After escaping from the globalizing realm of Peter Gabriel's Real World studio via a three-year exploration of Colombia and subsequent fusion of the country's exotic salsa music with U.K. drum'n'bass on his debut album, More Grip, Richard Blair steps away from the dancefloor and returns to what at first appears to be traditional Colombian music. But Blair still carries with him quite a few lessons learned in the dance community. 3am: In Beats We Trust might star an eight-person Colombian band, but it is Blair's post-production mastery that adds a modern flavor to the traditional salsa music composed by bandleader Ivan Benavides. Each track, regardless of tempo or tone, carries Blair's hearty yet unobtrusive sub-bass as well as a variety of electronic percussion that supports yet never overpowers the acoustic drums in the foreground. The combined effect comes somewhat close to Jamaican dub in many places, although the elaborate vocals and classic Latin rhythms are far more intricate and complex. The addition of U.K. jungle MC Rubi Dan on "In the Beats We Trust" and "Walking" (the only two songs sung in English) completes the journey that goes from the original Latin premise of Sidestepper's music to the modern electronic realm via Rasta-saturated drum'n'bass. Sidestepper's music truly deserves to be called "fusion," as opposed to the typical "combination" found on most contemporary attempts at indigenous music.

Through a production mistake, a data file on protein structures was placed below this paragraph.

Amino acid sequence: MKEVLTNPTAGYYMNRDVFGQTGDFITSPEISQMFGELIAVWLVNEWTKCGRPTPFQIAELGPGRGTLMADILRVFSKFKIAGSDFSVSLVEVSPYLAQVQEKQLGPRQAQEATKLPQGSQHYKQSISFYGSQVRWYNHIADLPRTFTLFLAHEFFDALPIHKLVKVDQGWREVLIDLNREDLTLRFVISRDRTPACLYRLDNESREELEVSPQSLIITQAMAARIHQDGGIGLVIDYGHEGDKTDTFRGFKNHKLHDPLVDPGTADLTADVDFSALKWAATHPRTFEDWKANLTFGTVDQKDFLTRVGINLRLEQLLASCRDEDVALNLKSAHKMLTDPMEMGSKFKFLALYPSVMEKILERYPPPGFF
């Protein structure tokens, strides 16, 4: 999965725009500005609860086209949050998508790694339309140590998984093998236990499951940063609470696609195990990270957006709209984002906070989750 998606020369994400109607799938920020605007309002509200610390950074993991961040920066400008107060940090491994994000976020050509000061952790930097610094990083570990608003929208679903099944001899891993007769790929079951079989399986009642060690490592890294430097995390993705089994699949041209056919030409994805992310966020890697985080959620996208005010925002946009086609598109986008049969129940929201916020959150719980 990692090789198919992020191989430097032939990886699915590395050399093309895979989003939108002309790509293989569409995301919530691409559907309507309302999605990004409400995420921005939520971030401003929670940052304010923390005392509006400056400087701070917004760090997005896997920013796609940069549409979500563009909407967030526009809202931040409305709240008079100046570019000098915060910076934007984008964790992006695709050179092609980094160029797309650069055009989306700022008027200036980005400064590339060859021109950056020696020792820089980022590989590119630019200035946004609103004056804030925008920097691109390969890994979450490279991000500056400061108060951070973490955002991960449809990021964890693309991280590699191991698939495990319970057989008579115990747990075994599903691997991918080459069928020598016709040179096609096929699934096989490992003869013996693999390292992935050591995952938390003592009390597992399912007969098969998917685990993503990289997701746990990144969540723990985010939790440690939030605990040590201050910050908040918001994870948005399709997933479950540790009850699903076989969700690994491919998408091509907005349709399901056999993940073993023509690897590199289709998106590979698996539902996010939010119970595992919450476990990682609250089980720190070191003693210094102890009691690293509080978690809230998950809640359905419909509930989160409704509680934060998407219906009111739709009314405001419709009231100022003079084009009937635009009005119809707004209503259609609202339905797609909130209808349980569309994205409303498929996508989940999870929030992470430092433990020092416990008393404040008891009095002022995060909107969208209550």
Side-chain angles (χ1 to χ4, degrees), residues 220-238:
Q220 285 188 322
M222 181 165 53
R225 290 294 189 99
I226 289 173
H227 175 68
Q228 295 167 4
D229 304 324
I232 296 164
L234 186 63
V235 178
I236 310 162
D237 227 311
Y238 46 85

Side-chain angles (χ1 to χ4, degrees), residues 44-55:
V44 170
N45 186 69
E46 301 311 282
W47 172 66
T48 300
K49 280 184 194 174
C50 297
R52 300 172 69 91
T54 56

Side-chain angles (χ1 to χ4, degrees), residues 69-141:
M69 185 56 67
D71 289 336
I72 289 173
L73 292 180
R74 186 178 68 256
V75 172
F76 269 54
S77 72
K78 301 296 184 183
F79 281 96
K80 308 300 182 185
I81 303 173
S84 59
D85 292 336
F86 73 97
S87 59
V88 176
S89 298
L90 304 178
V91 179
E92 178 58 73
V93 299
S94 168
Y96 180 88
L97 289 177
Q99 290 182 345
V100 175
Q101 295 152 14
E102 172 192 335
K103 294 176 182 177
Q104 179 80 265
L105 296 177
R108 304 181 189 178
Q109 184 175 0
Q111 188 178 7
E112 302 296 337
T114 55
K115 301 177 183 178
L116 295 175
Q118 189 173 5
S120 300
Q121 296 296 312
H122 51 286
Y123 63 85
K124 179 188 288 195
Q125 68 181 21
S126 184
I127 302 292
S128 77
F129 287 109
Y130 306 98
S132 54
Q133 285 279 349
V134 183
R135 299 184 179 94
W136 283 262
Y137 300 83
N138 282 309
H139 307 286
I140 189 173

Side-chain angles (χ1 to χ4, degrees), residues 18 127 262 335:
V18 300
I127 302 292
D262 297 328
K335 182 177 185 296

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AllMusic Review by Joshua Glazer